Driver's Ed, and practicing with you and another trusted adult will help your teen feel more confident behind the wheel. Practice will also help you have that confidence in them. You'll need to have that confidence in them before you hand them the keys and let them walk out the door.
Practice in all weather conditions, if possible. It doesn't rain very often here in Arizona, but before I let Jenelle drive in rainy conditions, I will make sure I practice with her in it first. I'm the type to be over prepared, so we will talk a lot about EVERY possible condition before she sits behind the wheel for the first time.
Costs add up quickly.
The cost of operating a vehicle can add up quickly. Outside of the initial purchase price, the maintenance, fuel, insurance, and cost of repairs all need to be considered. Insurance for a teen driver is expensive! Adding Jenelle to my insurance will literally DOUBLE my insurance costs each month.
Tickets are another possible cost to consider. Even experienced drivers make mistakes. If you plan on purchasing a vehicle for your teen, be sure to find out what the insurance rates will be on the vehicle before you buy.
For some families, it can be very helpful if there is an additional driver – especially when you're a single parent. I feel like I need to be in two (or ten) places at once right now and it's crazy. Running around to school and sports practices can take up so much time. These things always seem to make it more challenging to get dinner on the table for the rest of the crew, too. As your teen becomes more responsible, they can often help drive siblings around, too. It may be worth it for some parents to hand over a used vehicle for the sake of not having to drive kids around several hours every day. I know it's been worth it for me, even though Jenelle will probably be 30 before she wants to drive. LOL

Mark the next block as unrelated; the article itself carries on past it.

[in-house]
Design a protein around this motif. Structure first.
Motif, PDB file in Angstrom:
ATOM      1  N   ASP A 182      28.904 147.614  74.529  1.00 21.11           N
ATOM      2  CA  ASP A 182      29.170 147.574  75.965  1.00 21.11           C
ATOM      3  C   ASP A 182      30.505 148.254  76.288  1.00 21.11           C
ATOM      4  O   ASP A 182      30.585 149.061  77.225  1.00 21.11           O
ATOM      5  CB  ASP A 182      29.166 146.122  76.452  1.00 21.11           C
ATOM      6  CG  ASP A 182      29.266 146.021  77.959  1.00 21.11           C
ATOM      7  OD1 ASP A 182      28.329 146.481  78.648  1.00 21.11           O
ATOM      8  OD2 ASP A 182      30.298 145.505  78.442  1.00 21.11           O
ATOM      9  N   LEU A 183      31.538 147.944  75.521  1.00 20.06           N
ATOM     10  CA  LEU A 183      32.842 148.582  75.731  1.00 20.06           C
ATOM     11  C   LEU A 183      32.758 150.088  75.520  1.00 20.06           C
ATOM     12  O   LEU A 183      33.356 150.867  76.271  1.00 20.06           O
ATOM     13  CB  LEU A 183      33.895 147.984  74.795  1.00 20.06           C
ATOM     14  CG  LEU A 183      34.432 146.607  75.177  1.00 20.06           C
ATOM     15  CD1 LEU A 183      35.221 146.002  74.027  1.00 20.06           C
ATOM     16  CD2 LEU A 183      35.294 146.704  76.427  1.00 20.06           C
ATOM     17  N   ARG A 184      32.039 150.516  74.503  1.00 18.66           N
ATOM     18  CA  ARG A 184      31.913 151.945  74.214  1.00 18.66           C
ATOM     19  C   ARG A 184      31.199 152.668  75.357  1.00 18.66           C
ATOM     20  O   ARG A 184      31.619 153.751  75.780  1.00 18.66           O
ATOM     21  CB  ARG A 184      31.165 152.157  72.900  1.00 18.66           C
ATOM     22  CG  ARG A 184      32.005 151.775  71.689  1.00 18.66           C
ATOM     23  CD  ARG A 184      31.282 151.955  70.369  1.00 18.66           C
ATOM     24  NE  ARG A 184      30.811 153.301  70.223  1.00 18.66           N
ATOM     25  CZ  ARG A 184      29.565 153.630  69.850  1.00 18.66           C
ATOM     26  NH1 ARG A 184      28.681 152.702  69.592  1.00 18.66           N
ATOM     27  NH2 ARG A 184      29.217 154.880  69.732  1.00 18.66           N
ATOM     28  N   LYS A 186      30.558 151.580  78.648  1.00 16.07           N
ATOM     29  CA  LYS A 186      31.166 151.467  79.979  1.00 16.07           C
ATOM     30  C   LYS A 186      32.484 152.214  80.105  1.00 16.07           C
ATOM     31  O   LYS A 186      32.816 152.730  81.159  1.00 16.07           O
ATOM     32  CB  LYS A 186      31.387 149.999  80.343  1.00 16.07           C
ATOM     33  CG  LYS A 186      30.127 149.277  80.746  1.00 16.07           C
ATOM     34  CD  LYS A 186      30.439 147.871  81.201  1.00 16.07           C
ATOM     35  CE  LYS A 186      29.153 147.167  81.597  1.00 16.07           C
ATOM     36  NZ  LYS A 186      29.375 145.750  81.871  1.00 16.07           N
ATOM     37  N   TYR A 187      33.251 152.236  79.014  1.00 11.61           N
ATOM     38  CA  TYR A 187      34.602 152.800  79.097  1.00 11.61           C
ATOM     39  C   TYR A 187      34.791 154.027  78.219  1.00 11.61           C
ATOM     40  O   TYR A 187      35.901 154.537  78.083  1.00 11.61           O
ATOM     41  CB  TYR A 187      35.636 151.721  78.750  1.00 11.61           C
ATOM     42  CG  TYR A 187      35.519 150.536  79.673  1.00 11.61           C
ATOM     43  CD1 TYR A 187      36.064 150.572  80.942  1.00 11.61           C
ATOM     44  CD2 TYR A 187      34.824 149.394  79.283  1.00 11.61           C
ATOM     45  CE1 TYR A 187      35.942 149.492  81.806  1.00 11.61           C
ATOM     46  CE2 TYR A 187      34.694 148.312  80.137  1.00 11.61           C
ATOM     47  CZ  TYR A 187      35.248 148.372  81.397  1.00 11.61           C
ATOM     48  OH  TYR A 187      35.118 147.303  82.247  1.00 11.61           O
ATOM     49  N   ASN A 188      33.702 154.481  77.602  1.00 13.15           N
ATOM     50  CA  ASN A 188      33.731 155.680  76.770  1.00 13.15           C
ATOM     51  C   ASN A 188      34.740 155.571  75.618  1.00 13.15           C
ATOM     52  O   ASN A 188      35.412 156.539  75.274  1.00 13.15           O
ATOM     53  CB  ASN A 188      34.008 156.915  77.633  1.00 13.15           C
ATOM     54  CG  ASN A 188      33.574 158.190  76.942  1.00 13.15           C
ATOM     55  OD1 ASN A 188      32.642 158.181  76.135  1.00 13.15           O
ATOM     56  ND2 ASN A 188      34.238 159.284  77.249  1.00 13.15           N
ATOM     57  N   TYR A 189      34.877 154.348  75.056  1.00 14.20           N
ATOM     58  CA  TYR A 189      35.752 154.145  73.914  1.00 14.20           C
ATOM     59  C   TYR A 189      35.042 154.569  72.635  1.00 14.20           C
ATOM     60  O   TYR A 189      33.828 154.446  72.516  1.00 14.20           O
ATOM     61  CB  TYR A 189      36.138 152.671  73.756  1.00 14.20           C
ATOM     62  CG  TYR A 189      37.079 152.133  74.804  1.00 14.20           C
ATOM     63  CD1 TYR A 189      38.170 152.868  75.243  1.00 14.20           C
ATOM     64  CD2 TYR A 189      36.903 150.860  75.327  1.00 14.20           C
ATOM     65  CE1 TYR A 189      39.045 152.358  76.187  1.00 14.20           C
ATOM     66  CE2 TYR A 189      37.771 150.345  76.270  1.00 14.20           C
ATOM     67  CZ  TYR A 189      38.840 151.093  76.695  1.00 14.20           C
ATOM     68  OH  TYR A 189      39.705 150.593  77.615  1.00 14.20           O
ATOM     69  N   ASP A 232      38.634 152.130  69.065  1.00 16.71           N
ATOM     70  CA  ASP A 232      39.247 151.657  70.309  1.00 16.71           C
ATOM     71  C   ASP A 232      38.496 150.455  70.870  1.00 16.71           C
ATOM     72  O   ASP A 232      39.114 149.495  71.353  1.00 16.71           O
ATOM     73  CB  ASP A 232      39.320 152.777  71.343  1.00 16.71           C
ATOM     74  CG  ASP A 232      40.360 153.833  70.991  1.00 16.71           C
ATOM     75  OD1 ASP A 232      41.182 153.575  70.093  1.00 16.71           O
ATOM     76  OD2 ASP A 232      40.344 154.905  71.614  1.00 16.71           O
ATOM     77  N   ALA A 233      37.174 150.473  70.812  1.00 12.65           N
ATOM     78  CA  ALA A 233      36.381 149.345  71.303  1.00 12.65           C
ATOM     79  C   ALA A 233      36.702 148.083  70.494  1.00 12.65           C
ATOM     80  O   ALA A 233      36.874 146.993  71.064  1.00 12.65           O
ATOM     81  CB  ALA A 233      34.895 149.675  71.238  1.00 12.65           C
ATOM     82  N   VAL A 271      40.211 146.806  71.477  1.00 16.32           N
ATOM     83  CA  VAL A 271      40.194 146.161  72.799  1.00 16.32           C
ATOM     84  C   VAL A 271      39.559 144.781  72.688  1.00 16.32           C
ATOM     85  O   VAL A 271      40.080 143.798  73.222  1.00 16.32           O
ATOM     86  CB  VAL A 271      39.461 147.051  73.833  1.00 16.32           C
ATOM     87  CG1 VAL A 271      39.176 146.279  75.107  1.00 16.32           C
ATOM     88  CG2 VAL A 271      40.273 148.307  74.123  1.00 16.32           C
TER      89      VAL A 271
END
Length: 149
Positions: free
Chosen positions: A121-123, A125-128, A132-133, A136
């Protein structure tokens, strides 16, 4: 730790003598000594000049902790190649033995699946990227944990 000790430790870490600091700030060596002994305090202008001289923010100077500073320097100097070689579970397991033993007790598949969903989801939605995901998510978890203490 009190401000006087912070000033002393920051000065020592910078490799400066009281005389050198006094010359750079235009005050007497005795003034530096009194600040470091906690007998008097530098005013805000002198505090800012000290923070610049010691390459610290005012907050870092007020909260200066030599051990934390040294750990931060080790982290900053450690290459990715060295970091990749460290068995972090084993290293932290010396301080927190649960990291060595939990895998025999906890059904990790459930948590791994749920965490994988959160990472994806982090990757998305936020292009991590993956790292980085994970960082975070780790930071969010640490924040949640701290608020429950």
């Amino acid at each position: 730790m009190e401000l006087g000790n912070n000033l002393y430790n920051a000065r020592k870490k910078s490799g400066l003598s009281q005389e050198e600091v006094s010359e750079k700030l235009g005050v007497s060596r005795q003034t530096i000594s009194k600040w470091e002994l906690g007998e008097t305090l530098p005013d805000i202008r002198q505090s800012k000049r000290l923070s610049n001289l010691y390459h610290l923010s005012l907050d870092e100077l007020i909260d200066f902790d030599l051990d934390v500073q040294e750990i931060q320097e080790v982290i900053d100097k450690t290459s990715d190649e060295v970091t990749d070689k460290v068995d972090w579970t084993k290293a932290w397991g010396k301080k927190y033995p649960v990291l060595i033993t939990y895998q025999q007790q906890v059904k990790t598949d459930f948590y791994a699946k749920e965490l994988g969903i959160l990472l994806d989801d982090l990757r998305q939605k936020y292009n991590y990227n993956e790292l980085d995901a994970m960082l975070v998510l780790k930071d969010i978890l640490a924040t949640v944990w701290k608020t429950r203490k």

Remind them it's a privilege
Remind your teen that driving is a privilege! It can be taken away in an instant. Driving is an amazing privilege that gives people the freedom to do so many different things. The ability to get in the car and go where you want, when you want, is amazing. Your teen has to earn this privilege a little at a time.
How did you know when your teen was ready to drive? Let me know in the comments!